UNL Faculty Presents Leonard Bernstein's Music For Brass
calendar icon10 Sep 2013 user iconBy Brian Reetz
Leonard Bernstein completed his suite of brass pieces on April 8, 1959. They were written for members of the New York Philharmonic and received their premier at Carnegie Hall. The pieces were commissioned by the Juilliard Musical Foundation. This set of pieces, to be performed by members of the Glenn Korff School of Music faculty, is rarely performed as a set and are all influenced by Bernstein's love of jazz. The event will take place at 3 p.m., September 22 in Kimball Recital Hall.
Leonard Bernstein unquestionably loved dogs, and showed this by writing numerous short pieces with a particular one in mind. Bernstein left us this mini-ode, Rondo for Lifey, dedicated to a skye terrier owned by the composer's friend, actress Judy Holliday. The piece begins with an expressive intro, quickly followed by pervasive staccato phrasing throughout. Elegy for Mippy I and II are popular pieces with his brother Burtie's dog in mind. Mippy I was written for horn and piano. Mippy II is for solo trombone. Tragedy struck Mippy, and each of these pieces help signify the dog's second coming.
“Not only did Leonard Bernstein love jazz, he loved the brass section as well,” said Hixson-Lied Professor and Glenn Korff School of Music Area Head for Brass and Percussion Scott Anderson. “The feeling was mutual. Bernstein is credited with championing the symphonies of Gustav Mahler and resurrecting them. No pun intended. Brass players live to play Mahler!
“Bernstein was an early advocate of brass chamber music. It was not unusual to see him backstage after rehearsals listening to his low brass section play transcriptions of works by Beethoven, Mozart and Berlioz. Allen Ostrander did most of the arranging for his section mates Gordon Pulis, Lewis van Haney and Bill Bell. Later in his career Bernstein would encourage young brass players from the Boston Symphony to strike out as chamber musicians and for the Empire Quintet following the premier of his Mass. The pieces from 1959 are rarely performed as a set and like were not conceived to performed that way, but we thought that it would be interesting to have all of the pieces performed in this manner and finish it off with the quartet Fanfare for Bima. It sounds more difficult than it really is…each piece in less than three minutes long. Bernstein wrote the brass quartet, Fanfare for Bima, which was scored for trumpet, trombone, horn, and tuba. Bima was Serge Koussevitzky's black cocker spaniel. This fanfare is based on the theme, which was whistled in the Koussevitzky household to call his dog.”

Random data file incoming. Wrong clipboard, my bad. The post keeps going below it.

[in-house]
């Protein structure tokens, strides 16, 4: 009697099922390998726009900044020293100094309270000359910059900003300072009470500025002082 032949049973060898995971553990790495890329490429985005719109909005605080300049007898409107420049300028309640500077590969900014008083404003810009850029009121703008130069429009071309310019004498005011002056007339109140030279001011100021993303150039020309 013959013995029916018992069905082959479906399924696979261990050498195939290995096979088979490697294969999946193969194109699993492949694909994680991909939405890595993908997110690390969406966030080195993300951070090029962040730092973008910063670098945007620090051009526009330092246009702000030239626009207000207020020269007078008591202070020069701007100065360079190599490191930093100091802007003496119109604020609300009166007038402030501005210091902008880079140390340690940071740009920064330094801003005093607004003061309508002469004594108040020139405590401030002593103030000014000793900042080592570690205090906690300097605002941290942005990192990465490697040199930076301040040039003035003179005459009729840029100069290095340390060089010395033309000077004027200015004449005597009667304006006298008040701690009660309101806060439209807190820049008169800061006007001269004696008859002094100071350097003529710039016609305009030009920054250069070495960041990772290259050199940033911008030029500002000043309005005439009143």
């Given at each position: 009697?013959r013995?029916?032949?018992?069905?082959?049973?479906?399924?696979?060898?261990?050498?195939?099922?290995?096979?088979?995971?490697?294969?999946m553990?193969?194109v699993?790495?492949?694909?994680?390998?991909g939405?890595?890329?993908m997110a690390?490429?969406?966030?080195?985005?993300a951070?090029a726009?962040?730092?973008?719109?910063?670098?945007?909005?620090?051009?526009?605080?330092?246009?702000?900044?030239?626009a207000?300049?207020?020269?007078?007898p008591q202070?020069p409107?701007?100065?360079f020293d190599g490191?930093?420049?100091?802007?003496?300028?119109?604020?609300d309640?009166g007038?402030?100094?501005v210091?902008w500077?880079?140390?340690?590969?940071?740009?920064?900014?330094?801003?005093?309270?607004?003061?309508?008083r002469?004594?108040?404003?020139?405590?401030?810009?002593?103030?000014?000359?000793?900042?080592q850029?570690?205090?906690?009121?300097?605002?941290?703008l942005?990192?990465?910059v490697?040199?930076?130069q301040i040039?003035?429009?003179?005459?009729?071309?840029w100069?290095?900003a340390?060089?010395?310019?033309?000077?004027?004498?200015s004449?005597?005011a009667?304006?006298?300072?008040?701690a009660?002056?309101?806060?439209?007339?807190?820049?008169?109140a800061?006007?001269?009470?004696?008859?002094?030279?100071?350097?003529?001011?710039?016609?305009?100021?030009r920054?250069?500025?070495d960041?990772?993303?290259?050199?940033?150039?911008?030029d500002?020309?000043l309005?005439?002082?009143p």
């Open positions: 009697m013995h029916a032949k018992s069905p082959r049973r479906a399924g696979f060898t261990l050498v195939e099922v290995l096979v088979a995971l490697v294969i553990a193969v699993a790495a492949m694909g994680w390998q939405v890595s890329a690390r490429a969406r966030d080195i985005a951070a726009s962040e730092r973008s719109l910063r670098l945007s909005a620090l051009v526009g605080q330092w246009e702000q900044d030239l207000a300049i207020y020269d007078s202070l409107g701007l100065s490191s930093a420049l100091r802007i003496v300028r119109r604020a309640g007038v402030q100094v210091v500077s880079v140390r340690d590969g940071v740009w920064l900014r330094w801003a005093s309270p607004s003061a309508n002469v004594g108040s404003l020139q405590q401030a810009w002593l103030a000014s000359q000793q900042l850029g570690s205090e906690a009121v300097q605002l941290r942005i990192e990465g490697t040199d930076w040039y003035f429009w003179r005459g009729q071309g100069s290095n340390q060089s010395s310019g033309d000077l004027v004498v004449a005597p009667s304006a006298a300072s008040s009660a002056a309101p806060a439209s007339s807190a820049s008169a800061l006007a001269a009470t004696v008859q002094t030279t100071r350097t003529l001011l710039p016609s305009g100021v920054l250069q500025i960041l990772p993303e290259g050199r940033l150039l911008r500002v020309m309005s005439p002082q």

Each member of the brass faculty (K. Craig Bircher, Alan Mattingly, Scott Anderson and Craig Fuller) will perform a solo sonata accompanied by Michael Cotton in the second half of the program.
Cost of the event is General Admission $5; Students/Seniors $3.